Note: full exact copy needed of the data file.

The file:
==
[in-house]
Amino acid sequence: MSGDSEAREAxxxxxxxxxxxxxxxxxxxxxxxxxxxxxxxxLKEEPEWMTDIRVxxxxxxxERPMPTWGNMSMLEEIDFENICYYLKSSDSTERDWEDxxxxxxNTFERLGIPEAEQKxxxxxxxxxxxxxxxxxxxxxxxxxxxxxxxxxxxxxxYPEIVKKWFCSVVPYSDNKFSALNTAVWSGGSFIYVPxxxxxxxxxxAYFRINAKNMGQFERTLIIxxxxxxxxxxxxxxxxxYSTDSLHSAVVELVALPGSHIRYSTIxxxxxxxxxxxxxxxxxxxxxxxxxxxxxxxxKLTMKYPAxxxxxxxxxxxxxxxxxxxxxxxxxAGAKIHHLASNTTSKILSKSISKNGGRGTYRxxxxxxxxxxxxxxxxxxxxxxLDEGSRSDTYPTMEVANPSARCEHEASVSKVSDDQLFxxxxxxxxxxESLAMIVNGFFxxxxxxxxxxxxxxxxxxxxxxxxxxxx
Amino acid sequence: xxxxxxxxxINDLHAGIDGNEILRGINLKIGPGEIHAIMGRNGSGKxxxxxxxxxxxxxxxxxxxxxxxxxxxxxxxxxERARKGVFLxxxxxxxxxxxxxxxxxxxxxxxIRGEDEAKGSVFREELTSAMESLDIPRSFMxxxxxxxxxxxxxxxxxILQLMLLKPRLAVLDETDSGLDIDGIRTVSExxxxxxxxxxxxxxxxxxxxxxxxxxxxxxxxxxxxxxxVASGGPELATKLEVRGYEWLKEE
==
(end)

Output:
[in-house]
Amino acid sequence: MSGDSEAREAxxxxxxxxxxxxxxxxxxxxxxxxxxxxxxxxLKEEPEWMTDIRVxxxxxxxERPMPTWGNMSMLEEIDFENICYYLKSSDSTERDWEDxxxxxxNTFERLGIPEAEQKxxxxxxxxxxxxxxxxxxxxxxxxxxxxxxxxxxxxxxYPEIVKKWFCSVVPYSDNKFSALNTAVWSGGSFIYVPxxxxxxxxxxAYFRINAKNMGQFERTLIIxxxxxxxxxxxxxxxxxYSTDSLHSAVVELVALPGSHIRYSTIxxxxxxxxxxxxxxxxxxxxxxxxxxxxxxxxKLTMKYPAxxxxxxxxxxxxxxxxxxxxxxxxxAGAKIHHLASNTTSKILSKSISKNGGRGTYRxxxxxxxxxxxxxxxxxxxxxxLDEGSRSDTYPTMEVANPSARCEHEASVSKVSDDQLFxxxxxxxxxxESLAMIVNGFFxxxxxxxxxxxxxxxxxxxxxxxxxxxx
Amino acid sequence: xxxxxxxxxINDLHAGIDGNEILRGINLKIGPGEIHAIMGRNGSGKxxxxxxxxxxxxxxxxxxxxxxxxxxxxxxxxxERARKGVFLxxxxxxxxxxxxxxxxxxxxxxxIRGEDEAKGSVFREELTSAMESLDIPRSFMxxxxxxxxxxxxxxxxxILQLMLLKPRLAVLDETDSGLDIDGIRTVSExxxxxxxxxxxxxxxxxxxxxxxxxxxxxxxxxxxxxxxVASGGPELATKLEVRGYEWLKEE